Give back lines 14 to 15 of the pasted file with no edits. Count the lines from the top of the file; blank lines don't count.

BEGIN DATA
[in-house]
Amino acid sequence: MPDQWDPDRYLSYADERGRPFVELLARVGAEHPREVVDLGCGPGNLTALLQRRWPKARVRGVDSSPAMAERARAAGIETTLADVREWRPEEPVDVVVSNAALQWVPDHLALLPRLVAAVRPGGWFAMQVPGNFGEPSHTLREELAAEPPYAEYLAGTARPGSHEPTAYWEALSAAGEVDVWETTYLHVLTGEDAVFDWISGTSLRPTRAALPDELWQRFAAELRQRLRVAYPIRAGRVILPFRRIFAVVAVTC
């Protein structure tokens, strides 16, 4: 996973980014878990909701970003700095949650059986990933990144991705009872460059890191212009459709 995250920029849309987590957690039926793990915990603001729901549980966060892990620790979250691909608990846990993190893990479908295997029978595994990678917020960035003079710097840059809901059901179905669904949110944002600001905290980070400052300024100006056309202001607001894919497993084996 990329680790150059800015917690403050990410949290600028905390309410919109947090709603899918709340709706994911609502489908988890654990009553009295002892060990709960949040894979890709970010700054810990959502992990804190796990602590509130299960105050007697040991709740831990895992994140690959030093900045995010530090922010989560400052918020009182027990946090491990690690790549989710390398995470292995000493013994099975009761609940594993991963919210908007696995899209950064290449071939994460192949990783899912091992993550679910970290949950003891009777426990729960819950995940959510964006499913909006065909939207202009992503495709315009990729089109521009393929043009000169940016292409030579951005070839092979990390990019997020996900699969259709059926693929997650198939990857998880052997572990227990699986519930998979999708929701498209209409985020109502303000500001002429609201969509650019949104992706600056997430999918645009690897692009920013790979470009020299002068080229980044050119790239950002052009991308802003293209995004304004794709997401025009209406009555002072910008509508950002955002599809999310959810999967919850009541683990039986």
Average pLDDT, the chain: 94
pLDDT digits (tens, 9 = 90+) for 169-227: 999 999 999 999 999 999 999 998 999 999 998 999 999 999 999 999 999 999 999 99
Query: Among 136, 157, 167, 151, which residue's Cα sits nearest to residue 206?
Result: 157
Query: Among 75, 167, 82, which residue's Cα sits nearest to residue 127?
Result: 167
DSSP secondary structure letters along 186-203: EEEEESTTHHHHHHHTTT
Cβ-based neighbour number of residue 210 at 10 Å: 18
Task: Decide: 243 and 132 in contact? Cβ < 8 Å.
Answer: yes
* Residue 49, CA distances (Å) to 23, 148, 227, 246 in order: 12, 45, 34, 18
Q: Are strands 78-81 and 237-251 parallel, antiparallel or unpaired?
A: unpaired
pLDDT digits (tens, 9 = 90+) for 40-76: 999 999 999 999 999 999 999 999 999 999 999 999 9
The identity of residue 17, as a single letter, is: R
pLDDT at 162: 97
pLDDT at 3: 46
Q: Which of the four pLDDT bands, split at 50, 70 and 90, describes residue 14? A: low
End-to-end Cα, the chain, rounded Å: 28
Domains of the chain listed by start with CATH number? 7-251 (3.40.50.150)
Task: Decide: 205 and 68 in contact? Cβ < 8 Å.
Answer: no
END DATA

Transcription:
* Residue 49, CA distances (Å) to 23, 148, 227, 246 in order: 12, 45, 34, 18
Q: Are strands 78-81 and 237-251 parallel, antiparallel or unpaired?